Wednesday, May 15, 2019

Death on a Warm Wind

Death on a Warm Wind (1968) by Douglas Warner was, in some ways, a disappointment. It was found in the middle of the "Mystery" section at my local library's fall clearance sale a few years ago. It shows up on various library sites (I did a search to check) under "Detective & Mystery Stories." But it isn't truly a mystery story. The only real crime involved is a crime against humanity (as if that were a mere trifle)--but it's not a specific crime like the murder of an individual or the theft of valuable jewelry or even the work of a mass murderer and I wouldn't really categorize it as a crime novel. It is speculative fiction.

The "crime" involved is an act by an arrogant man who thinks he knows best about what it might be good for the public to know and believe. In fact, Sir Guy Rayenham (British minister) reminds me of all the climate change deniers who are helping steer humanity towards a very bleak future if drastic measures aren't taken very soon.* So many of these people don't even read the science that backs up the verdict on climate change--and Sir Guy doesn't read the "rubbish" that Robert Colston presented as a way to predict earthquakes. A method which allowed him to predict an earthquake that killed 95,000 people, including Sir Guy's son. But that didn't phase Sir Guy a bit and when indications are such that it looks like London will be hit by a similar quake he isn't willing to use his position to warn Londoners in time to save lives.

When Colston (who has been declared dead twice already) is gunned down** in front of his office, Ian Curtis, editor of a London evening newspaper and--incidentally--very antagonistic to Sir Guy, finds himself on a mission to discover the truth behind Colston's earthquake predictions. Were they really that unfounded and was the first prediction just a fluke? Or was Colston's research sound? Colston's investigations (and that of the reporters under him) find proof that Sir Guy arranged for Colston's paper on earthquake prevention to be gutted and when read before a conference of leading scientists it came across as nonsense. Colston was discredited and his reputation ruined. And people died as a result.

"You silly old fool!" I said, beside myself. "You won't listen. You've made up your mind that Colston is a crank and you won't budge. You won't read the 'prove' your case by the reaction of scientists to a document you yourself destroyed....You're acting like the racist who keeps the black man in poverty, disease and terror and then 'proves' he is a savage when he revolts."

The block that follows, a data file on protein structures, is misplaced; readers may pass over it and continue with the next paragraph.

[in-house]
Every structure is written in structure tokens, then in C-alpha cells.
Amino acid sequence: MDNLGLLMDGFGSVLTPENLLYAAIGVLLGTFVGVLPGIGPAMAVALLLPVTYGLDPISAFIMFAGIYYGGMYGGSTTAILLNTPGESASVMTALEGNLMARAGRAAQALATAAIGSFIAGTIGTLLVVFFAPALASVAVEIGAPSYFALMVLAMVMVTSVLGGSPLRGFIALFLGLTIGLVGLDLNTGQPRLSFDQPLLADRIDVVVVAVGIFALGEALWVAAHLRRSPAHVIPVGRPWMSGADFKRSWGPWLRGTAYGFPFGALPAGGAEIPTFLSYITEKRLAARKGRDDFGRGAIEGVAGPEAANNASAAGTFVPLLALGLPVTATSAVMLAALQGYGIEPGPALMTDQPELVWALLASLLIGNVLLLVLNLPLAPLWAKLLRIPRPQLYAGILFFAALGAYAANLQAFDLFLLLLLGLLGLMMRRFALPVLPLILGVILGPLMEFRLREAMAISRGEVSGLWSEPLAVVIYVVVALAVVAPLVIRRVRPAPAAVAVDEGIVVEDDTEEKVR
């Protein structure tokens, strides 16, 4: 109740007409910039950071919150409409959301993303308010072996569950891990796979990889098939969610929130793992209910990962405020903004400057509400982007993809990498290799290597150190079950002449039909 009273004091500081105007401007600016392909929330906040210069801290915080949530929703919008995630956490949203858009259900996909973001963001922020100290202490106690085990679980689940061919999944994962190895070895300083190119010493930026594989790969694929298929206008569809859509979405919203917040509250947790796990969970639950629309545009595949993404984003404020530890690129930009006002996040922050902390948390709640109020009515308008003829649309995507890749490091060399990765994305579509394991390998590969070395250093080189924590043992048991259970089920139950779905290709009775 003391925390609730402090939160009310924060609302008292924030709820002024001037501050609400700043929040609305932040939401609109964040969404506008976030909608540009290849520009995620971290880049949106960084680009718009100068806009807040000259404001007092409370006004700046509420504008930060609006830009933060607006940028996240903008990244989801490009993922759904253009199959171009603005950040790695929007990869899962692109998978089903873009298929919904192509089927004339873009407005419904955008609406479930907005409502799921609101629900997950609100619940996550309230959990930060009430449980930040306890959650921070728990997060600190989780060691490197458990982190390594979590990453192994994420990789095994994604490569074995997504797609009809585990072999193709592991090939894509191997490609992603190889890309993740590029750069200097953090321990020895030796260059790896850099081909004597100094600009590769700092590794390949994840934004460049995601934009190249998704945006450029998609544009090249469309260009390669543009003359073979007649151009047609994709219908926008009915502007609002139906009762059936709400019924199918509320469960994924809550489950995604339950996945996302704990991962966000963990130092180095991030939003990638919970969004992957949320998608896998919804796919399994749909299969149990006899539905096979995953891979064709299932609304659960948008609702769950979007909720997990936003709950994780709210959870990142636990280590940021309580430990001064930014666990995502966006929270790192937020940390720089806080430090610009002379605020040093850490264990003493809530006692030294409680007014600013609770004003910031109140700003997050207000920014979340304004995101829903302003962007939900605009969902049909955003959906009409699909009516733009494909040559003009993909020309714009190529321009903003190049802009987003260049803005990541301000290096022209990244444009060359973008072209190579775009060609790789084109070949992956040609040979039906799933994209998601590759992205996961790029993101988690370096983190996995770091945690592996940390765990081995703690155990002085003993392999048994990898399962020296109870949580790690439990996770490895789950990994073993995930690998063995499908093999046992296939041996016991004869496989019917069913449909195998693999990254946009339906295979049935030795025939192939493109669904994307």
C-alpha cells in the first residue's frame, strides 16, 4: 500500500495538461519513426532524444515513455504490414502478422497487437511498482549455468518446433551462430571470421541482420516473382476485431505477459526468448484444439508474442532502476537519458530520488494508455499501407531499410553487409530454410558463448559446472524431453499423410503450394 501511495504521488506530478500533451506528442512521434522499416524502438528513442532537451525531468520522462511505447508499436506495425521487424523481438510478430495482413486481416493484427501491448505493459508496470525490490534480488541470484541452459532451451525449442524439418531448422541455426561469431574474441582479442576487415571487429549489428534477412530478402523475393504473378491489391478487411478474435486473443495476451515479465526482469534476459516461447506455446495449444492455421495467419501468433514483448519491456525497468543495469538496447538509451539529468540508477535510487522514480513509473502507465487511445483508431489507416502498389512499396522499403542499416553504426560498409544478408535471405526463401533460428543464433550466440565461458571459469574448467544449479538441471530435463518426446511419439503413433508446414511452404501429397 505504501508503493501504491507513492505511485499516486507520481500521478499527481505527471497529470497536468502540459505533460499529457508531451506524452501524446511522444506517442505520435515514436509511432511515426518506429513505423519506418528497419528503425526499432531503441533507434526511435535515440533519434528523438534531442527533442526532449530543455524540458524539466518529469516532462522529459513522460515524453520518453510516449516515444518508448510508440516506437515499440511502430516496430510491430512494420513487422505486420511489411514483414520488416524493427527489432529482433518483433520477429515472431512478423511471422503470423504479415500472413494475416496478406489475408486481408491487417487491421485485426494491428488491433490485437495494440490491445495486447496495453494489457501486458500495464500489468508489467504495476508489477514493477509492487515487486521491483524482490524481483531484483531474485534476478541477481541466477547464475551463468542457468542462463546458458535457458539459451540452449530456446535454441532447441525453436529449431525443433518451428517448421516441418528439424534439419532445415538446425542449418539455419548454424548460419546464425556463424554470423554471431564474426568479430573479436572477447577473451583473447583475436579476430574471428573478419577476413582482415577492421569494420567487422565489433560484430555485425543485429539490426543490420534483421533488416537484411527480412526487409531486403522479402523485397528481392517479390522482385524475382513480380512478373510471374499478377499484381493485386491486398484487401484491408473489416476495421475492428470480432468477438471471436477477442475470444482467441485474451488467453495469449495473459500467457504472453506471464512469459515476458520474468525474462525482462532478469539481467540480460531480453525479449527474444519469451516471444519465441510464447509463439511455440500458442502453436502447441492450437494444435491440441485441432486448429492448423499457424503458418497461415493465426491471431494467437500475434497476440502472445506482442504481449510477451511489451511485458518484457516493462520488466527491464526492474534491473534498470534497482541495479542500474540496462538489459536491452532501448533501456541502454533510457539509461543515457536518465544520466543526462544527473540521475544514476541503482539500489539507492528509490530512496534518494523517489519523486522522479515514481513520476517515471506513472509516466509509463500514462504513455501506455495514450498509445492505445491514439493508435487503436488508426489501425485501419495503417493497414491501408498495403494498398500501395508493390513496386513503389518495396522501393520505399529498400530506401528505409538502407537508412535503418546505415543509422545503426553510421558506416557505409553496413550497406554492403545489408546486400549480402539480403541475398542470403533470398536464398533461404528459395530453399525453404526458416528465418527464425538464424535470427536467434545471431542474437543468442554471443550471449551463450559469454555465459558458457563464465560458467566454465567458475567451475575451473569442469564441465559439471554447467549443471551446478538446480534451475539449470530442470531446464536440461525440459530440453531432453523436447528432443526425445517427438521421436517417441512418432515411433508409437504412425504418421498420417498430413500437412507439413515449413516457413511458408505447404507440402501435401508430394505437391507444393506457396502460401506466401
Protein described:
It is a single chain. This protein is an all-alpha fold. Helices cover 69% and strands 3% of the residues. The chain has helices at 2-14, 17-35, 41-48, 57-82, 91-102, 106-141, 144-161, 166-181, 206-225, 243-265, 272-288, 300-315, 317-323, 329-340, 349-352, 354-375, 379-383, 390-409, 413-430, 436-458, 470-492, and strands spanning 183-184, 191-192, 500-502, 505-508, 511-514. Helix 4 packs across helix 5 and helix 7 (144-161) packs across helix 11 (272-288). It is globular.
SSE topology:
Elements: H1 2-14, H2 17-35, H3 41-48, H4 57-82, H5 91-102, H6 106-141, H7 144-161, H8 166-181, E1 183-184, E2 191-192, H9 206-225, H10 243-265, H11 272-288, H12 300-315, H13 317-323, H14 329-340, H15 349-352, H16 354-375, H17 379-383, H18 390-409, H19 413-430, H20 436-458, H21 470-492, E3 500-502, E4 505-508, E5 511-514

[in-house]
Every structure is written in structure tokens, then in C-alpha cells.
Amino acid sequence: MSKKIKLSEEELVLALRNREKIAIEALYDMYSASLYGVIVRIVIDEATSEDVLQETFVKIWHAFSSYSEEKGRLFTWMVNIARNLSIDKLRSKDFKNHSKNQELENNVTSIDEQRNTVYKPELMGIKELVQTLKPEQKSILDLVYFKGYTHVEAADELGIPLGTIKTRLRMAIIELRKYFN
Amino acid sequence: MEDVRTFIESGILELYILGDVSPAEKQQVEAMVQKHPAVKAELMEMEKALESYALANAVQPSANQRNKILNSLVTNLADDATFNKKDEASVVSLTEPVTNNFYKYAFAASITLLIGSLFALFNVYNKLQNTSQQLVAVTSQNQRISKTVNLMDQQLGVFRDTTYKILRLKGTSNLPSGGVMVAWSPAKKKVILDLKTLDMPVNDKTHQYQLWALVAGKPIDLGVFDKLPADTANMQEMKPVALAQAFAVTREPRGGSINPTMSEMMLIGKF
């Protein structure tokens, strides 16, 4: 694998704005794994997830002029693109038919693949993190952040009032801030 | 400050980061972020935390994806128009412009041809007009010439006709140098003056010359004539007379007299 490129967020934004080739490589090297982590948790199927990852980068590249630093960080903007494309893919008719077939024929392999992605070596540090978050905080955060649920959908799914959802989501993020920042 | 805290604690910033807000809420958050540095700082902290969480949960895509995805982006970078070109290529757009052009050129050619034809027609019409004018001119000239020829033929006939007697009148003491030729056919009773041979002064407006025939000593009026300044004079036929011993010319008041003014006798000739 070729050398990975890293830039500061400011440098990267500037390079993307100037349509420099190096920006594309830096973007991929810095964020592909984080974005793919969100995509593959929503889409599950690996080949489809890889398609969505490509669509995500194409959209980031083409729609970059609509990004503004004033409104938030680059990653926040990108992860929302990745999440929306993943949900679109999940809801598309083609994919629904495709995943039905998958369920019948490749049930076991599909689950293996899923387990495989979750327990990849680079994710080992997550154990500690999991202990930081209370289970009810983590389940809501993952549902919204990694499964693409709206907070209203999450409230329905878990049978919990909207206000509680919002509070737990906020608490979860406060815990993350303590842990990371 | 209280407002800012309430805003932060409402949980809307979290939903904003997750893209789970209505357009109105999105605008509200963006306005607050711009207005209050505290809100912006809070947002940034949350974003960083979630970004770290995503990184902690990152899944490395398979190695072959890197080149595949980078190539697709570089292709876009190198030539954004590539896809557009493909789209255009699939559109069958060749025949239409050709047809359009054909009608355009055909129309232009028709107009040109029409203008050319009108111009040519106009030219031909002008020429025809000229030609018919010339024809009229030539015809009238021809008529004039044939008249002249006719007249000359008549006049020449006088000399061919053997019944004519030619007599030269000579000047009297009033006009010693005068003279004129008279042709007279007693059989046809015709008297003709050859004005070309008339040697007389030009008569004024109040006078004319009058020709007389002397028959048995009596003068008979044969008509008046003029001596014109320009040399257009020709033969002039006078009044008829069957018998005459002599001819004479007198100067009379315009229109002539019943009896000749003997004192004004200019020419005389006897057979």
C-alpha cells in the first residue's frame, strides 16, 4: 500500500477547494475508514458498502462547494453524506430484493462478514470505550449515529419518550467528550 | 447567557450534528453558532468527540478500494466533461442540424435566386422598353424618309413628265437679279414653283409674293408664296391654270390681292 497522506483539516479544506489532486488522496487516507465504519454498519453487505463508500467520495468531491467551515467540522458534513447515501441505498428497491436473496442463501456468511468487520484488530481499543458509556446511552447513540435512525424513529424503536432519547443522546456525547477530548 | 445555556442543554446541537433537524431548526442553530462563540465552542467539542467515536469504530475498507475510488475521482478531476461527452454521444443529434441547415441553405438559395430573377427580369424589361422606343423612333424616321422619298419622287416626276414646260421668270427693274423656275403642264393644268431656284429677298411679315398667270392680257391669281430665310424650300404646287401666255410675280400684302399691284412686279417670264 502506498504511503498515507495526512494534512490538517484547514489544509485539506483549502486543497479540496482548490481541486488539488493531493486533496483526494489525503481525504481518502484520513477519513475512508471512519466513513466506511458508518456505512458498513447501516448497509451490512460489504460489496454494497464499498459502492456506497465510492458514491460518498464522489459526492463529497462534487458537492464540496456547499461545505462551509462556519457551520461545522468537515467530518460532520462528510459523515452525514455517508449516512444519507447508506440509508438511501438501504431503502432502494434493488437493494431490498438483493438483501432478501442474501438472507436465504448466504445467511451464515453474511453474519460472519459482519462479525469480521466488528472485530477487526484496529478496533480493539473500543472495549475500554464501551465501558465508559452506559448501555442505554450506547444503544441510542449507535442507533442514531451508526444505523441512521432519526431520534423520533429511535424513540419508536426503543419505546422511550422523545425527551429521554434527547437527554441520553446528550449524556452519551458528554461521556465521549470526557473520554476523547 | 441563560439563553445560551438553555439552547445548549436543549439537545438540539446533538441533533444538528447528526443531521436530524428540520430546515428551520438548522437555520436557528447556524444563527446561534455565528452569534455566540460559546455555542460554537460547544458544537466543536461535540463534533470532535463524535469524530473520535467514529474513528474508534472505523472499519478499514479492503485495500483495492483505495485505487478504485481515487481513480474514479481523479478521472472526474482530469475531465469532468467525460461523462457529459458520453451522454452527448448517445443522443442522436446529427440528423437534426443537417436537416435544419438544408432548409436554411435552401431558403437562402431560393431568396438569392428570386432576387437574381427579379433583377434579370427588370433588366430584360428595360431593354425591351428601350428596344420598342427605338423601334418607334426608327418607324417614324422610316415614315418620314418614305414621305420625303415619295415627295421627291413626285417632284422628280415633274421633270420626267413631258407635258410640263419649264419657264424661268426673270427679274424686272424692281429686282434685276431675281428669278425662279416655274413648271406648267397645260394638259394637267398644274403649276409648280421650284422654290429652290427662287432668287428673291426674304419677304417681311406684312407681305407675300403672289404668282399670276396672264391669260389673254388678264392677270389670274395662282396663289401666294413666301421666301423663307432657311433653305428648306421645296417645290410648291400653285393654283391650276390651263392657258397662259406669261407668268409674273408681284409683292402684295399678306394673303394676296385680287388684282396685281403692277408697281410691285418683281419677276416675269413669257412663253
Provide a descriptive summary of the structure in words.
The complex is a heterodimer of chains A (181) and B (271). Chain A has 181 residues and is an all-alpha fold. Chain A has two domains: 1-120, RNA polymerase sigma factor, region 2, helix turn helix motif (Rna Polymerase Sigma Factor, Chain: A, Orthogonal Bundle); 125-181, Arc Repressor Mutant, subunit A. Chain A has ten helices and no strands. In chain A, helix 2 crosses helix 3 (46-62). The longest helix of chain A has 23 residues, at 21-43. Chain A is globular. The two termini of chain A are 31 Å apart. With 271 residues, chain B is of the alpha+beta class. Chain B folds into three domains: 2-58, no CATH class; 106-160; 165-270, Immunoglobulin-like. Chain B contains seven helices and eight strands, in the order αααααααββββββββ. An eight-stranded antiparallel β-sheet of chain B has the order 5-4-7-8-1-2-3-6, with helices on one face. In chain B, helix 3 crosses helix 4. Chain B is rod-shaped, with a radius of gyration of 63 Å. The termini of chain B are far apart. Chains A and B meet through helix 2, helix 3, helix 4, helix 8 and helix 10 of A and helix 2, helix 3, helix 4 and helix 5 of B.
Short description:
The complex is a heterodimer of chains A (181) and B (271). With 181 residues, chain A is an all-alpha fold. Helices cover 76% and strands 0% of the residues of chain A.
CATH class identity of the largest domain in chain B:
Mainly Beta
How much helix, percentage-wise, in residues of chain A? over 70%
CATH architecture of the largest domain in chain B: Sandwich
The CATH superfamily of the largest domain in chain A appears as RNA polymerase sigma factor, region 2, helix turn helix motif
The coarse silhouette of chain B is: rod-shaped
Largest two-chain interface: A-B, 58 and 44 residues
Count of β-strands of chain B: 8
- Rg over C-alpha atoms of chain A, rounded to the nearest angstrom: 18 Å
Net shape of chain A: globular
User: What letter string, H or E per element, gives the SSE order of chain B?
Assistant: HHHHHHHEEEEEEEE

Will Curtis be able to convince someone in government of the validity of Colston's findings before it's too late for London?

This is a fairly entertaining story (though the science behind the predictions is a bit iffy) that I probably would have enjoyed more if I hadn't been expecting a mystery. I realize that's not the author's fault--but when one is expecting a mystery/detective novel and it doesn't happen it is a bit of a let-down. I enjoyed watching Curtis and his reporters dig into the story and find the proofs to back Colston's predictions. And the story serves to highlight the mentality of those in authority--those who "know best" what should be done, regardless of facts. It is a sad commentary on government officials in general (and our current government in particular). 

In one way, I was pleased with the ending (much too spoilerish to be more explicit), but it did seem a bit abrupt. I am curious to know more about the aftermath of the earthquake. But I suppose Warner is leaving that to our imagination. ★★

*Please pardon my soapbox moment....
**One might think that this is the "mystery" which results in the book being categorized as "Detective & Mystery"--but Colston's death really isn't the focus of the story at all and it's no mystery who killed him. That is known right away, as is the motive. The man who kills Colston does so in revenge for his wife's death in an earthquake that Colston tried to warn people about. 

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